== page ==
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LIZ JONES’S DIARY: In which I realise why I’m never happy

I had to be in London on Wednesday to do some filming for a TV show about the British high street. I haven’t really written about fashion for four years but everyone assumes I’m still an expert. I do miss that world, in a way. The teetering in heels across cobbles in Paris to the Chanel show, waiting in line among ladies who lunch with faces lifted even higher than mine before showing my passport and finding my chair, which would invariably have a bottle of scent perched on it.

Almost everyone in that world was unfriendly and hated me (even a young fashion editor whom I’d once offered a job behaved as though I were invisible) because I wrote the truth about what is really a nasty business, and I even hosted the Peta fur protestors to drinks in the bar of my hotel in Milan. But it was still thrilling to breathe the same air as the models, and wonder whether if I bought (or was gifted, more like, in those days) what they were wearing some of their allure would rub off on me. It didn’t.

But oh, the gifts. The Italians were always the most generous. After each catwalk season ended, the executive editor of my glossy magazine would come into my loft-like office and ask me to choose an outfit from each designer. Alberta Ferretti was a favourite, and one season she gave me a green floral silk dress and a suede coat, both of which I promptly regifted to one of my staff. She came to my wedding, I went to her house for dinner. As an addendum to my column last week about no longer speaking to my best friend, this former colleague is another one we can add to that list. I don’t know what happened but after I was fired I never heard from her. Still haven’t. Wonder if she still wears the coat.

Anyway, the filming took place in a house off Percy Circus in Finsbury. A gorgeous front door of a Regency building, with huge windows and black railings. I was shown down to the kitchen in the basement. It was lined with books. As I was waiting for the cameraman to set up, I looked at the spines. The collection was almost identical to mine: Zadie Smith, Philip Roth, Hollywood Babylon, Captain Corelli’s Mandolin. They even had my sofa in the kitchen, the one I queued overnight at the SCP sale in Farringdon to buy when I bought my lovely house in Islington. The one Gracie decided to chew a collie-shaped nest in when she was stressed.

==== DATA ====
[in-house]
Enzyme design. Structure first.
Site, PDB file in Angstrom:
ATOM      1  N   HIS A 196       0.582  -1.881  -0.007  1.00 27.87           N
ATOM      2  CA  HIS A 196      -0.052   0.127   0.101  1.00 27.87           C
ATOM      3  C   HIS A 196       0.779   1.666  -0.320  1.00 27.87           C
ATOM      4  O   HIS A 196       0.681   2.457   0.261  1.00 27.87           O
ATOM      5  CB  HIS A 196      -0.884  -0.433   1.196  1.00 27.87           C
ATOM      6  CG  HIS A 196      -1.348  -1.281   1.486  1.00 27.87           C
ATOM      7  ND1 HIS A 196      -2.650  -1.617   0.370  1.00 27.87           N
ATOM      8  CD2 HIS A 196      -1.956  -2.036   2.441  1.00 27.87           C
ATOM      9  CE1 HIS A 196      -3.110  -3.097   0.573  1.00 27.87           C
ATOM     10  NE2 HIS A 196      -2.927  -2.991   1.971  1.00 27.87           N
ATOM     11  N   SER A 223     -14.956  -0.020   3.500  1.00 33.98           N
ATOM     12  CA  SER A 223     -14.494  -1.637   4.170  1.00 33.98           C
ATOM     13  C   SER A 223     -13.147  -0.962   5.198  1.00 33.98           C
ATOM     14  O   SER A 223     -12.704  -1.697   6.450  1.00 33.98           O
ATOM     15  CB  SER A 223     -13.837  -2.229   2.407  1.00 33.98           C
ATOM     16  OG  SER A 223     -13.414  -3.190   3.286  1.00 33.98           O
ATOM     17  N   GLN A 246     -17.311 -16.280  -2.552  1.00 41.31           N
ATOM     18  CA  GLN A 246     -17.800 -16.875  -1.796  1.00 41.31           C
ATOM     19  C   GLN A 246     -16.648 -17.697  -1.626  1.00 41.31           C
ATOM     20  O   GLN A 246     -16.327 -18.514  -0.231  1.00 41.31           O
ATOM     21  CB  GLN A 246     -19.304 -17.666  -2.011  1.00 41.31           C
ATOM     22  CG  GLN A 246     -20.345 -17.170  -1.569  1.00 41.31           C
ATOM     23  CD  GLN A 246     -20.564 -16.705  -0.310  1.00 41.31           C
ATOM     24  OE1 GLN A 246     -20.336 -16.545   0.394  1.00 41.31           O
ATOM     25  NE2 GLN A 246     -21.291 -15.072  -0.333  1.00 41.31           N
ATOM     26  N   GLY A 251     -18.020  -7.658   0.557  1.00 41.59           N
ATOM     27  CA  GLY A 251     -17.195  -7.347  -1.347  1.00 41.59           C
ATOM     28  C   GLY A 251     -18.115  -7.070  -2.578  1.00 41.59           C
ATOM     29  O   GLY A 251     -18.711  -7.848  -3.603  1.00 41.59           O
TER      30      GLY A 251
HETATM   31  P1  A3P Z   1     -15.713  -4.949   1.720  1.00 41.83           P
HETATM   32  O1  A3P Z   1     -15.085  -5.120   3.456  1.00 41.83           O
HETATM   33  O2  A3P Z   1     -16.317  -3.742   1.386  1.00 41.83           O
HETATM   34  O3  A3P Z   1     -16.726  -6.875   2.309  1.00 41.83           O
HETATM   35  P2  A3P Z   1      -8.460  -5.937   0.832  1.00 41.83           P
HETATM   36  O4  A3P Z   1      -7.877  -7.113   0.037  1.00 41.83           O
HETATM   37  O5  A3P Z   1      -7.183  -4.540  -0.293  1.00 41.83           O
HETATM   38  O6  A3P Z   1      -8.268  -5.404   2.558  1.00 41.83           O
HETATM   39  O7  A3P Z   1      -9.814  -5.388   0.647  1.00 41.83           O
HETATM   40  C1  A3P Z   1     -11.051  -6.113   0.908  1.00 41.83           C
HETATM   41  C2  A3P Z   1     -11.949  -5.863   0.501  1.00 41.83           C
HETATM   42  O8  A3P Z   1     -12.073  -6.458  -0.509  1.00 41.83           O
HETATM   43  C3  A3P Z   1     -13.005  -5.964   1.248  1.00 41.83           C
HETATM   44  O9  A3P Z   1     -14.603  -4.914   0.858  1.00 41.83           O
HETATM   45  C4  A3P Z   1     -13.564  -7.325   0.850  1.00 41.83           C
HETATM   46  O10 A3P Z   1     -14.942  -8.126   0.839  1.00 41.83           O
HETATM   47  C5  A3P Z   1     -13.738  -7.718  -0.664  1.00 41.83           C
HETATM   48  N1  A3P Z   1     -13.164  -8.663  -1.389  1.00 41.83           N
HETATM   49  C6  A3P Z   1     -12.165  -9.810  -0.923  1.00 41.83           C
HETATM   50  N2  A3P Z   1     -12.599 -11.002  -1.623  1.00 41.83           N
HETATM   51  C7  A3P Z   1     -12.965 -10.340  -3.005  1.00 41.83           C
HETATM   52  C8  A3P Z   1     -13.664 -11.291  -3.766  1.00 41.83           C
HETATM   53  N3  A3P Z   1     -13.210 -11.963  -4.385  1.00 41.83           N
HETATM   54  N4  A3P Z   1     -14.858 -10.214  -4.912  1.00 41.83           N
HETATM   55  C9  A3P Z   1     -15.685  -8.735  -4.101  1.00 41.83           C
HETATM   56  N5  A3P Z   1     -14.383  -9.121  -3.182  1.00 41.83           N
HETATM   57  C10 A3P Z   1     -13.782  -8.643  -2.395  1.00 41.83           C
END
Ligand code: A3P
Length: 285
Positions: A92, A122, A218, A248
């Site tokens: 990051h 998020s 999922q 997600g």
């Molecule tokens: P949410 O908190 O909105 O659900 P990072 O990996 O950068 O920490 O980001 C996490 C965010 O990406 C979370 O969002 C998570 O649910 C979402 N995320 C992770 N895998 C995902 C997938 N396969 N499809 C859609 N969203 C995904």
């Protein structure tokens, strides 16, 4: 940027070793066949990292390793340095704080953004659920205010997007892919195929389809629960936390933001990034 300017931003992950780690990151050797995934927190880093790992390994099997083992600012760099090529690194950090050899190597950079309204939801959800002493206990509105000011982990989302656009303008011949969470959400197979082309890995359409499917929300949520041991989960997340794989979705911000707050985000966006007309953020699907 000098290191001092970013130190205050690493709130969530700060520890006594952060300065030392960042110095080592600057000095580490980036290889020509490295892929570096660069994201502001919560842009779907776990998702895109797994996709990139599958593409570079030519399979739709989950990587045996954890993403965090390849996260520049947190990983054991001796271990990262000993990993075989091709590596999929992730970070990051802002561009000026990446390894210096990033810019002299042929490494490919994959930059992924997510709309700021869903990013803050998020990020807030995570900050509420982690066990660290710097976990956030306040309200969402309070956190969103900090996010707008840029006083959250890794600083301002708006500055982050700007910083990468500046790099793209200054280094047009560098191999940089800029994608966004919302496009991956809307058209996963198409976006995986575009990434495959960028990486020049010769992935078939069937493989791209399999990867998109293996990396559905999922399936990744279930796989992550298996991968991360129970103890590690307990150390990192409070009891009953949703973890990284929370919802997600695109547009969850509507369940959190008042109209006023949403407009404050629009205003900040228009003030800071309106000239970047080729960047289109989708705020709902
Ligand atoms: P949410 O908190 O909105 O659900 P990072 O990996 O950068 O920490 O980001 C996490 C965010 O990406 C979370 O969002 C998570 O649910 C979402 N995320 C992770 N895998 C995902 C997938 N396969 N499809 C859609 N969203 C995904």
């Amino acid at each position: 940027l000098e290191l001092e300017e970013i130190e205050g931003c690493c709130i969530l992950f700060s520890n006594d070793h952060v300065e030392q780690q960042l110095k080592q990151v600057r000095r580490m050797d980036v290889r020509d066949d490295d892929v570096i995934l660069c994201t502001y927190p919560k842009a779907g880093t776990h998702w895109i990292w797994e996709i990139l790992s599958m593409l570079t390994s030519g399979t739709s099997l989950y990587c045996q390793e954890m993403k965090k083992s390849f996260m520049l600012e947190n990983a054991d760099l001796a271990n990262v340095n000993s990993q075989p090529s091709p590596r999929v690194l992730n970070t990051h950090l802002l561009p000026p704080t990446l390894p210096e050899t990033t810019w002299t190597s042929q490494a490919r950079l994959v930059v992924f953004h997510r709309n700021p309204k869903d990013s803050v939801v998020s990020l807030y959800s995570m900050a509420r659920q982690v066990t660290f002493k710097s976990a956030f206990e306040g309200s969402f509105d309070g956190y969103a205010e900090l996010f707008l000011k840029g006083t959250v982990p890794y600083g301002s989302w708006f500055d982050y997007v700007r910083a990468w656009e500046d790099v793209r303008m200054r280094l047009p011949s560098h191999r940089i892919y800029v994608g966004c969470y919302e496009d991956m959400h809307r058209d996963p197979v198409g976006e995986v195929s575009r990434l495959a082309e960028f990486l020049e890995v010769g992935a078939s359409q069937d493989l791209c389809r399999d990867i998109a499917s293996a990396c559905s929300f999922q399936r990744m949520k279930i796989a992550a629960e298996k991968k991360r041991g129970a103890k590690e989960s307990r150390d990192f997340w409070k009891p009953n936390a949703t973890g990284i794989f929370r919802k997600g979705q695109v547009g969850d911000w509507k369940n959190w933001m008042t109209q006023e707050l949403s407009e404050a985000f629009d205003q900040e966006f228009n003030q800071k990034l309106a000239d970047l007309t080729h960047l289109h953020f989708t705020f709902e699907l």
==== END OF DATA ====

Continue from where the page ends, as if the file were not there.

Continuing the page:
So I was distracted during filming. I kept looking around at the signs of a happy life – photos, cards, things stuck on the fridge (though I would never allow that, obviously) – and wonder how it is other people have happiness and normality and I don’t. (Oops, sorry. I have just been interrupted by a waiter as I sit in the bar of the St Pancras hotel, waiting for my train. He asked if my salad was ok and I snapped, ‘Yes, if I were a guinea pig I’m sure it would be fine; why does no one think vegans need protein?’) But in the house was also a huge mirror, with a poem written on it in red marker pen, to a child on his fifth birthday. Ah, so here’s the thing: kids brought up believing they are special get what they want. I was brought up believing if I reached adulthood without being run over, it would be a triumph. When I got my lovely house, deep down I didn’t believe I deserved it, so I sold it and embarked on a crazy trajectory downwards.

I suppose the same thing happened with men. I had a man who loved me and his very presence threw me into a rage. The same thing happened in my lovely house in Islington. I would fly into a rage about the steel light switches not fitting or the fact I couldn’t programme my Bang & Olufsen phones (I took them to Somerset when I sold up; Gracie chewed them, too). I have what I want and then, because I’m not worthy, I throw everything away.

 

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